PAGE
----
Sweden completes pharmacy sell-off

Sweden has secured buyers for some 465 pharmacies up for sale as part of the demonopolization of the country's retail drug market.

Sweden completes pharmacy sell-off
Social affairs minister Göran Hägglund presents new Apoteket symbol, 19/10/09

Together, the four new actors will control more than half of Sweden’s around 900 pharmacies, which were previously all owned by the state-run Apoteket monopoly. In order to facilitate their sale, the 465 pharmacies up for tender were subdivided into eight clusters by Apoteket Omstrukturering AB (OAB), the company formed to oversee the restructuring process.

Eva-Britt Gustafsson, managing director of OAB, explained that the four buyers would help set the stage for a well-functioning Swedish pharmacy market.

“We feel that this creates a good market structure made up of a number of actors with varying emphasis and geographical coverage,” said Gustafsson in a statement.

Apoteket AB will continue to operate around 300 pharmacies, while the country’s remaining pharmacies will be run by smaller private operators.

The combined sale price for the eight clusters amounted to 5.9 billion kronor ($857 million), as four parties swooped to control a major share of the re-regulated market, according to a statement released on Monday by OAB.

The sale price exceeded expectations, said OAB chairperson Birgitta Böhlin.

“The aim of the pharmacy reform is, among other things, to safeguard the secure provision of pharmaceuticals at low pharmaceutical prices,” said Böhlin, speaking at a Monday morning press conference.

Apoteket Hjärtat, owned by private equity firm Altor, is to be become the largest actor on the market having bought two clusters comprising 208 pharmacies, with a turnover of 7.1 billion kronor and 1,500 employees.

Kronans Droghandel Retail AB, a company jointly owned by Oriola-KD

Corporation and Kooperativa Förbundet (KF), acquired 100 percent of the shares in cluster 2, officially known as Pharmacy Company Sweden 2 AB, which consists of 171 pharmacies with a turnover of 4.4 billion kronor and 930 employees.

Medstop Holding AB, owned by Stockholm-based private equity firm Segulah, secured the purchase of clusters 3,4 and 5, which together comprise 62 pharmacies with a turnover of 3.1 billion kronor and 660 employees.

Swedish investment giant Investor has also acquired a share of the pharmaceutical pie through Vårdapoteket i Norden AB, a company it owns with fellow Swedish firm Priveq. Vårdapoteket i Norden AB has laid claim to clusters 6 and 7, which consist of 24 pharmacies with a turnover of 1.4 billion kronor and 230 employees.

The share transfer agreements are subject to the approval of the Swedish Medical Products Agency (Läkemedelsverket) and the country’s competition authorities.

As of November 1st, Swedes wanting to buy non-prescription drugs can do so at selected stores, including some gas stations and grocery shops.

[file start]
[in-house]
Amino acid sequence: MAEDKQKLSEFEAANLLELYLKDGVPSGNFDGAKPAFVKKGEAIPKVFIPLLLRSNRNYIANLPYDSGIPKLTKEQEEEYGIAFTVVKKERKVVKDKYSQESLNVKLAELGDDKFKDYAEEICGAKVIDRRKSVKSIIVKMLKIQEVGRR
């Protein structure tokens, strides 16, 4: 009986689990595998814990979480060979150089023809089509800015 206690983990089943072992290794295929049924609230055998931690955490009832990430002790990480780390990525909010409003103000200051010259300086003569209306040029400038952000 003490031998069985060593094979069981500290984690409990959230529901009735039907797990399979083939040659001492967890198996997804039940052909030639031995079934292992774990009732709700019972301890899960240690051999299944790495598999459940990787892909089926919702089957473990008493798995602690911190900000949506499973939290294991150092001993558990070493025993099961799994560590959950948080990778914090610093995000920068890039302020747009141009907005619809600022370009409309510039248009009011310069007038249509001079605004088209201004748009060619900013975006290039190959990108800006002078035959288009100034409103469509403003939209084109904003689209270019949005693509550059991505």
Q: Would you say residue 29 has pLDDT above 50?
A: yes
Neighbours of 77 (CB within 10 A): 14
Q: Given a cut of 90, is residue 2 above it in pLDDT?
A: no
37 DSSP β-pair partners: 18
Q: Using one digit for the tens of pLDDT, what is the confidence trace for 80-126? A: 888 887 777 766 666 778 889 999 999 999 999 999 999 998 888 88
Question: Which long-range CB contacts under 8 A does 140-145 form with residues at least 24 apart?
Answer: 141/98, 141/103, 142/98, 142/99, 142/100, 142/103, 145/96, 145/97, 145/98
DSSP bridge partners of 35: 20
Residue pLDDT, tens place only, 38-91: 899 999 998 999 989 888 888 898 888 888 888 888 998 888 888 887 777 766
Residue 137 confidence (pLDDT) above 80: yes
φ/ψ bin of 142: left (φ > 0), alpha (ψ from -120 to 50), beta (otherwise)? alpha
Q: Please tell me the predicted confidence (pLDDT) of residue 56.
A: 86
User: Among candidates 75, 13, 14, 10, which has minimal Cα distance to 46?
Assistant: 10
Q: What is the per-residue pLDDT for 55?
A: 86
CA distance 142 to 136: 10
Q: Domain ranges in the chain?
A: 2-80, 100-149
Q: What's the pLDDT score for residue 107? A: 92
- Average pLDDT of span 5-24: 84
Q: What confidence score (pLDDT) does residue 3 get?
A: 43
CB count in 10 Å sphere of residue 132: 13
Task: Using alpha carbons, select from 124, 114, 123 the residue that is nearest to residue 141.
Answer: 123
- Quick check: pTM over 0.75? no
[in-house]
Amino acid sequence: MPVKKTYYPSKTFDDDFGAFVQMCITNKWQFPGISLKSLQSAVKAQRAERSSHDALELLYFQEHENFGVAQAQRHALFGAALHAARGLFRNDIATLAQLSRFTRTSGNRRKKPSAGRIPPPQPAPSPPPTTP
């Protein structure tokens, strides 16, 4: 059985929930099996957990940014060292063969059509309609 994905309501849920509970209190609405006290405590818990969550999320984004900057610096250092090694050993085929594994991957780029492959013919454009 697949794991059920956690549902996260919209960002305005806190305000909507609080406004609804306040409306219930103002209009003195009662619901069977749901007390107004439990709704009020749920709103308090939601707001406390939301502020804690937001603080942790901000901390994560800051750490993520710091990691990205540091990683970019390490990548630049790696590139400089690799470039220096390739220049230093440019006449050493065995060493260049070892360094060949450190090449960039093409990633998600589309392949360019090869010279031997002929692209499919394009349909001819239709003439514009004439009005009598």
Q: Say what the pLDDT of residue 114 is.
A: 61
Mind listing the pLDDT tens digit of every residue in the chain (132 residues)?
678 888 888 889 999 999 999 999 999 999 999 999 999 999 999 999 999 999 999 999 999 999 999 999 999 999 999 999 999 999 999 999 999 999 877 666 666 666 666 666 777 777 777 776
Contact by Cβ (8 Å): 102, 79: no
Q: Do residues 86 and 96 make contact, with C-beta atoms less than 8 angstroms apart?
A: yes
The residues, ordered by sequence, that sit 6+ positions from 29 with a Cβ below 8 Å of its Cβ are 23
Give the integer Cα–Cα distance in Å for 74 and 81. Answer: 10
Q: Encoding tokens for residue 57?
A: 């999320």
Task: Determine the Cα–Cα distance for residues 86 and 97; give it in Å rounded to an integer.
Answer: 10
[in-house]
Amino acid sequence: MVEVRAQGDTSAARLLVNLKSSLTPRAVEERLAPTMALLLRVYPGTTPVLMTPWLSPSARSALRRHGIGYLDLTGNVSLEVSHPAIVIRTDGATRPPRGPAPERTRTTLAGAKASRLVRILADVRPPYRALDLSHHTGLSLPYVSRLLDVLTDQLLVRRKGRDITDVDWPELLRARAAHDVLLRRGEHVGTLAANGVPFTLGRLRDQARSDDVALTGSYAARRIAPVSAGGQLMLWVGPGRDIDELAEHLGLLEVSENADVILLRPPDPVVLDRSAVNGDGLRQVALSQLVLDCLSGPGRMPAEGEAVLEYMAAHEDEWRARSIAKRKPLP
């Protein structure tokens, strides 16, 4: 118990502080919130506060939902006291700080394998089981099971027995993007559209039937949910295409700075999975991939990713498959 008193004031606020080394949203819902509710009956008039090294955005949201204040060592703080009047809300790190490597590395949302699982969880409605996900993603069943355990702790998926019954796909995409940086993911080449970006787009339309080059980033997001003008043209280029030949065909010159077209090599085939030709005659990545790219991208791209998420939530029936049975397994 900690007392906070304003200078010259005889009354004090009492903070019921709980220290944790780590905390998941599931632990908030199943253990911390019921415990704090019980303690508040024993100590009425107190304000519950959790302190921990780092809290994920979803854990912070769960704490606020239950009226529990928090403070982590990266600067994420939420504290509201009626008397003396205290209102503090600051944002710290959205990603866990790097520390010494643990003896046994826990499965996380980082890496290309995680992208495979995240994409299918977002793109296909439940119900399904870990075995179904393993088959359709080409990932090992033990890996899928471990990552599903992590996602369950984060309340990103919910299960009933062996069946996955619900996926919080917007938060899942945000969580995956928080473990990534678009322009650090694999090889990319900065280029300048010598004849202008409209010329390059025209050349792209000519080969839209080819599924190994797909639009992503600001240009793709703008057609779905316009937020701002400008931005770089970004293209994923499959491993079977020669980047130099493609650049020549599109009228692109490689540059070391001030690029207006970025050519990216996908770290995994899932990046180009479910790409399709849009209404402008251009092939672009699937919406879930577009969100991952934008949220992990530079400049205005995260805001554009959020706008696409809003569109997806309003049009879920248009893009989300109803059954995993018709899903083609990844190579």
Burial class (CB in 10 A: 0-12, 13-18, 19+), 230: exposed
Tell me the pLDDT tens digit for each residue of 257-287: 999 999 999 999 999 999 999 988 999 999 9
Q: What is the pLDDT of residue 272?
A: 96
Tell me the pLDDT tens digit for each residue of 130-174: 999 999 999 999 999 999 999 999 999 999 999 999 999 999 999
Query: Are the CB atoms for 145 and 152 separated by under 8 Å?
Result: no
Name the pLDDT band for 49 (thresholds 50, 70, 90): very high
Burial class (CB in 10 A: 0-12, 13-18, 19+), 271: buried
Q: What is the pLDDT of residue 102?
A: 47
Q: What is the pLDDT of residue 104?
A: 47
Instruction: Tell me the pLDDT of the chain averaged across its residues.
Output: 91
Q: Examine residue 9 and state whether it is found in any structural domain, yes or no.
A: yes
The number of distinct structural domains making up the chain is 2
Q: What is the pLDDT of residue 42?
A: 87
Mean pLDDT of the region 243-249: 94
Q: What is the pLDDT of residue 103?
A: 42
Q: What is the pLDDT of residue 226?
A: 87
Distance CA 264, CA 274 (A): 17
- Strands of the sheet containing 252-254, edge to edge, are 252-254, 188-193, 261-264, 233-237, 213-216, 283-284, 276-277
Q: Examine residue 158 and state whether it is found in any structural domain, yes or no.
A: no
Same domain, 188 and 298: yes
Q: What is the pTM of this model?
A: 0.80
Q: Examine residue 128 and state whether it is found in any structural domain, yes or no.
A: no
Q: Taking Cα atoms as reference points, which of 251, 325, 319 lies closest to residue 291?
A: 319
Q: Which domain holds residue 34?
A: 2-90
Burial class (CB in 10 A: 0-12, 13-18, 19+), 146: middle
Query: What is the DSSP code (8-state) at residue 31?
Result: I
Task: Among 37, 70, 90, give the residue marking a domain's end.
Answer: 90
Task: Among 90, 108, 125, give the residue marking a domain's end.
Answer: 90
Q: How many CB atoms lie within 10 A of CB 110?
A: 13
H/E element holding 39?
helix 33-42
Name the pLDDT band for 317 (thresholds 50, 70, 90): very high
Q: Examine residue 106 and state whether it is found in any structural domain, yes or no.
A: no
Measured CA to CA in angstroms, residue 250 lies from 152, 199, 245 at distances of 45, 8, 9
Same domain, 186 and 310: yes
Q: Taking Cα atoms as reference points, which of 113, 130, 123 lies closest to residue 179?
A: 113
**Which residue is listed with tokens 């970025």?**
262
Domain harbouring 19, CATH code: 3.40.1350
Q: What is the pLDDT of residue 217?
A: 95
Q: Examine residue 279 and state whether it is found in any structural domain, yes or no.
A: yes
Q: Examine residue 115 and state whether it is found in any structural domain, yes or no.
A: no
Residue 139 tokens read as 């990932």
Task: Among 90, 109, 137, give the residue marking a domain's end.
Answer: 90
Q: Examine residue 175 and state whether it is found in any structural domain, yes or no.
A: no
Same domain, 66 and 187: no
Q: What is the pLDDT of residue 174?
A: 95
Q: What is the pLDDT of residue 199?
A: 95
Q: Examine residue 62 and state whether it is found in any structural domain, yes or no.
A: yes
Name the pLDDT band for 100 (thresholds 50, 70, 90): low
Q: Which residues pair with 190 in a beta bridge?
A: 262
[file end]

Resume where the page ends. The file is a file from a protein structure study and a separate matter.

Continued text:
Firms could start operating pharmacies under their own brand names “sometime early next year, maybe January or February,” Jebsen said, adding the acquisitions still had to be approved by the country’s competition authority and its medical products agency.

The Swedish government has previously argued that putting an end to the Apoteket monopoly would improve the availability of medicines for customers in the form of more pharmacies and longer opening hours, and create downward pressure on prices as more providers entered the market.

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Pharmacy to launch plasters for darker skin

Swedish pharmacy chain Apoteket has told The Local it is hoping to offer a range of bandaids suitable for customers with darker skin tones by the end of the year as part of efforts to cut discrimination.

Pharmacy to launch plasters for darker skin
An Apoteket store in Stockholm. Photo: Roger Vikström/TT
The company, which has 370 stores across Sweden said it had come up with the idea after talking to a number of Swedish anti-racism charities.
“We're looking at whether it's possible to have different coloured plasters but we haven't made a final decision on it yet,” Communications Director Eva Fernvall told The Local on Wednesday.
“It won't happen by next week but we hope to have something in place by the end of the year,” she added.
Apoteket faced criticism earlier this week by a Swedish blogger who runs the website (which translates as 'Everyday Racism').
Paula Dahlberg told public broadcaster Sveriges Radio on Monday that the pharmacy giant was contributing to racism by only offering shades of beige plasters (also called bandaids in some countries) on its shelves.
But Fernvall insisted that the company's decision to trial darker products was made long before the writer made the comments.
“The fact she said that demonstrates that there are heated discussions about immigrants and refugees right now,” she said, adding that the national chemist chain was committed to reducing discrimination.
She admitted that the plaster plan was “unusual” and noted that she had “never heard of anything like this in any other countries”.
Debates around immigration have intensified over the last 12 months in Sweden, which currently takes in more asylum seekers per capita than any other EU nation.
The nationalist Sweden Democrat party is the third largest in parliament after winning 12.9 percent of the vote in elections in September 2014 and is continuing to gain public support.
Sweden's government has said it is committed to maintaining the nation's reputation for tolerance and offering help to refugees fleeing violence in the Middle East and Africa. But it has welcomed efforts by the European Commission to encourage other European Union member states to take in a greater share of asylum seekers.